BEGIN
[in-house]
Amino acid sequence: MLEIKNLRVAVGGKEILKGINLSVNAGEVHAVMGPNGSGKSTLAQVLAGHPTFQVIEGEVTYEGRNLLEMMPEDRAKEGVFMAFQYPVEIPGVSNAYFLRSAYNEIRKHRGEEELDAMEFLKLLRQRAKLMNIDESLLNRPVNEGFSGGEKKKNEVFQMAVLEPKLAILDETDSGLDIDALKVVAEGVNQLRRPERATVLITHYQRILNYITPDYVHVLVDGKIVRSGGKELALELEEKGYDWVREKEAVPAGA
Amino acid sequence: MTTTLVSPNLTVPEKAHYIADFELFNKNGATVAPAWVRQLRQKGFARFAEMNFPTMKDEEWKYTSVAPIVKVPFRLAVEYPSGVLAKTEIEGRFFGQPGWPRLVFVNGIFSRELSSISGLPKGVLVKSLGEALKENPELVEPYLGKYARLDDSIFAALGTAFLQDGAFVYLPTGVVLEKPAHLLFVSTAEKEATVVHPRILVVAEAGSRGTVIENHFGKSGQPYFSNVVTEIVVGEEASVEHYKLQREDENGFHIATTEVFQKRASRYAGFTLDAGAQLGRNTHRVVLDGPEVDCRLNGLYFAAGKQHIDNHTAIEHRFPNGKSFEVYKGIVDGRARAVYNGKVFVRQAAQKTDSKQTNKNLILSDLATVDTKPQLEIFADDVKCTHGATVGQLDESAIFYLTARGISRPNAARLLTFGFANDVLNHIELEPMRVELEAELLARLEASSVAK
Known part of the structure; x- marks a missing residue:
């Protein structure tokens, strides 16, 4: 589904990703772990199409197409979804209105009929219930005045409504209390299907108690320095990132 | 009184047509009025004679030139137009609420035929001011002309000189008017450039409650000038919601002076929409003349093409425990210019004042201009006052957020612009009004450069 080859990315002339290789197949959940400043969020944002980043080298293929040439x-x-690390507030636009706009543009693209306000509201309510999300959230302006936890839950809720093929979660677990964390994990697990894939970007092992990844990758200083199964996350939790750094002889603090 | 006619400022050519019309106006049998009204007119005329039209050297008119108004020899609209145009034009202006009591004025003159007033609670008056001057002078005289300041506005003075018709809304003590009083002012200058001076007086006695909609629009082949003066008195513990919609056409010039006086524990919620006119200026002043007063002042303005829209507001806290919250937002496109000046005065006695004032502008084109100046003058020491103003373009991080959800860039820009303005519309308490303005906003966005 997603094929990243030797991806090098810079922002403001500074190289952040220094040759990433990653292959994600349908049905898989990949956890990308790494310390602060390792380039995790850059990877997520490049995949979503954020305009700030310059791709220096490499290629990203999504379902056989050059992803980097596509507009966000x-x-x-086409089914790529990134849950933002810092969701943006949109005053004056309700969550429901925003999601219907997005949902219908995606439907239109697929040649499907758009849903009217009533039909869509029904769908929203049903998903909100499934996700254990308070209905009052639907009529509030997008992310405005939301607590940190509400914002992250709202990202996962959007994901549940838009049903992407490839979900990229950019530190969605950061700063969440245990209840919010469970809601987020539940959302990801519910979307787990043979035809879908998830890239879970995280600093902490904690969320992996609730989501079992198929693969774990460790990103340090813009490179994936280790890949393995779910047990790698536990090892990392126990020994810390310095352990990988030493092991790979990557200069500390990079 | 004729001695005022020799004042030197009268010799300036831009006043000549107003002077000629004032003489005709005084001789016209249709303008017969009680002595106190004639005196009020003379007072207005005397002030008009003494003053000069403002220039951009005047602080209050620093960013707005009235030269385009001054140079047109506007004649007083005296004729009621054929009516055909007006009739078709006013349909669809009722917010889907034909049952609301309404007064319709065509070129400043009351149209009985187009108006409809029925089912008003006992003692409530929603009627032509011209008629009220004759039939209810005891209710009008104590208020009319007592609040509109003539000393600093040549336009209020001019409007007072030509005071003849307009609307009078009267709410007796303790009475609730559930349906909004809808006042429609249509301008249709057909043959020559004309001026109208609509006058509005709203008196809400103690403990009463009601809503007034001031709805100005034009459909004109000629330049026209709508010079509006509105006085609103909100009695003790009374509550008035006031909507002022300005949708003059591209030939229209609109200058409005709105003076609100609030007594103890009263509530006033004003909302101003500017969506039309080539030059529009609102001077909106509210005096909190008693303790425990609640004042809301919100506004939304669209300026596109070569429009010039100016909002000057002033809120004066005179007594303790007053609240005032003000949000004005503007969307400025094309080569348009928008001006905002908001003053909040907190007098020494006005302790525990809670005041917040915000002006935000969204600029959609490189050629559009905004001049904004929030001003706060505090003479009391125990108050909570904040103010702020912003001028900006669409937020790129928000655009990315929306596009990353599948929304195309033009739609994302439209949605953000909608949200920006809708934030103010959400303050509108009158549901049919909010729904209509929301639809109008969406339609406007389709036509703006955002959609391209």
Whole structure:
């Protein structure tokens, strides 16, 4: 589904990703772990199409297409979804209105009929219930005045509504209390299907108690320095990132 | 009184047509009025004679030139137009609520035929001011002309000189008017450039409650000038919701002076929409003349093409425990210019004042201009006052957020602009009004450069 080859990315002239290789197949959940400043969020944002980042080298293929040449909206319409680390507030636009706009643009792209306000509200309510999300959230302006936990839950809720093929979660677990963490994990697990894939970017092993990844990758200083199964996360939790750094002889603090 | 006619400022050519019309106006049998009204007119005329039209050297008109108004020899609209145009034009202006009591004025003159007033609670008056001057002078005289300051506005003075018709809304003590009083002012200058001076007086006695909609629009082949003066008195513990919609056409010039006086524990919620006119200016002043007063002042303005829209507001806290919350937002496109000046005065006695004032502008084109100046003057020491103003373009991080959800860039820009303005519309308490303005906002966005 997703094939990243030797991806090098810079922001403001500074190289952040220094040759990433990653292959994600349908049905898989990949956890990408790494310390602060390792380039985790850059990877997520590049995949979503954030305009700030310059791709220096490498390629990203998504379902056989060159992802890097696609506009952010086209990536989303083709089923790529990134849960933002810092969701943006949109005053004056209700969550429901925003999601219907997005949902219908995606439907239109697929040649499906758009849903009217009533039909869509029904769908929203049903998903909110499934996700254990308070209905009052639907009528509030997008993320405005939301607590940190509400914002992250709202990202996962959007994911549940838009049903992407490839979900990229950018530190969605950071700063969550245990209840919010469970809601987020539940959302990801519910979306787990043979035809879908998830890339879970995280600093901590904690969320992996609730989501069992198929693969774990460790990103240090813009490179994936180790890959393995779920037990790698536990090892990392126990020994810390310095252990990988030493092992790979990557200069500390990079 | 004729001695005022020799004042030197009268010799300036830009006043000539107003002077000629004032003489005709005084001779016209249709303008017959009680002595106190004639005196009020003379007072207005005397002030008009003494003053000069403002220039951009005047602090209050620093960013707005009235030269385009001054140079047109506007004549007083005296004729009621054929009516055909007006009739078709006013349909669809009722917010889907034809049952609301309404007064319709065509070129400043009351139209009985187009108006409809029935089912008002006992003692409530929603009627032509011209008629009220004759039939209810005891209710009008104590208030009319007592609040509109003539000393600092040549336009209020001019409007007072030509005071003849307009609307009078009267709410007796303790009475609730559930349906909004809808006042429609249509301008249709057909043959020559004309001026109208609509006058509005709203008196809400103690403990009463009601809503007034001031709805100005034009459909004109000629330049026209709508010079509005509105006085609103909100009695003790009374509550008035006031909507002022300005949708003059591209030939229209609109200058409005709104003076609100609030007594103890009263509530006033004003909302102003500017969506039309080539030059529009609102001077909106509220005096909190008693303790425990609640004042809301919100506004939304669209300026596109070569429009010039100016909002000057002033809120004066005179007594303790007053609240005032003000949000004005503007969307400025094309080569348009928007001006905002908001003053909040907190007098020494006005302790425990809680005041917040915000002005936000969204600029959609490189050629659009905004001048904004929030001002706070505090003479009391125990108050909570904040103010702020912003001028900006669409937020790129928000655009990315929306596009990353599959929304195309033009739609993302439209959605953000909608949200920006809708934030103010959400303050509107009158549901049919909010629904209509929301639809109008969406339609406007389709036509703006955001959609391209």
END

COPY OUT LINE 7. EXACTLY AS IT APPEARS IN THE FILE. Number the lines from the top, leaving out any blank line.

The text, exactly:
């Protein structure tokens, strides 16, 4: 589904990703772990199409297409979804209105009929219930005045509504209390299907108690320095990132 | 009184047509009025004679030139137009609520035929001011002309000189008017450039409650000038919701002076929409003349093409425990210019004042201009006052957020602009009004450069 080859990315002239290789197949959940400043969020944002980042080298293929040449909206319409680390507030636009706009643009792209306000509200309510999300959230302006936990839950809720093929979660677990963490994990697990894939970017092993990844990758200083199964996360939790750094002889603090 | 006619400022050519019309106006049998009204007119005329039209050297008109108004020899609209145009034009202006009591004025003159007033609670008056001057002078005289300051506005003075018709809304003590009083002012200058001076007086006695909609629009082949003066008195513990919609056409010039006086524990919620006119200016002043007063002042303005829209507001806290919350937002496109000046005065006695004032502008084109100046003057020491103003373009991080959800860039820009303005519309308490303005906002966005 997703094939990243030797991806090098810079922001403001500074190289952040220094040759990433990653292959994600349908049905898989990949956890990408790494310390602060390792380039985790850059990877997520590049995949979503954030305009700030310059791709220096490498390629990203998504379902056989060159992802890097696609506009952010086209990536989303083709089923790529990134849960933002810092969701943006949109005053004056209700969550429901925003999601219907997005949902219908995606439907239109697929040649499906758009849903009217009533039909869509029904769908929203049903998903909110499934996700254990308070209905009052639907009528509030997008993320405005939301607590940190509400914002992250709202990202996962959007994911549940838009049903992407490839979900990229950018530190969605950071700063969550245990209840919010469970809601987020539940959302990801519910979306787990043979035809879908998830890339879970995280600093901590904690969320992996609730989501069992198929693969774990460790990103240090813009490179994936180790890959393995779920037990790698536990090892990392126990020994810390310095252990990988030493092992790979990557200069500390990079 | 004729001695005022020799004042030197009268010799300036830009006043000539107003002077000629004032003489005709005084001779016209249709303008017959009680002595106190004639005196009020003379007072207005005397002030008009003494003053000069403002220039951009005047602090209050620093960013707005009235030269385009001054140079047109506007004549007083005296004729009621054929009516055909007006009739078709006013349909669809009722917010889907034809049952609301309404007064319709065509070129400043009351139209009985187009108006409809029935089912008002006992003692409530929603009627032509011209008629009220004759039939209810005891209710009008104590208030009319007592609040509109003539000393600092040549336009209020001019409007007072030509005071003849307009609307009078009267709410007796303790009475609730559930349906909004809808006042429609249509301008249709057909043959020559004309001026109208609509006058509005709203008196809400103690403990009463009601809503007034001031709805100005034009459909004109000629330049026209709508010079509005509105006085609103909100009695003790009374509550008035006031909507002022300005949708003059591209030939229209609109200058409005709104003076609100609030007594103890009263509530006033004003909302102003500017969506039309080539030059529009609102001077909106509220005096909190008693303790425990609640004042809301919100506004939304669209300026596109070569429009010039100016909002000057002033809120004066005179007594303790007053609240005032003000949000004005503007969307400025094309080569348009928007001006905002908001003053909040907190007098020494006005302790425990809680005041917040915000002005936000969204600029959609490189050629659009905004001048904004929030001002706070505090003479009391125990108050909570904040103010702020912003001028900006669409937020790129928000655009990315929306596009990353599959929304195309033009739609993302439209959605953000909608949200920006809708934030103010959400303050509107009158549901049919909010629904209509929301639809109008969406339609406007389709036509703006955001959609391209």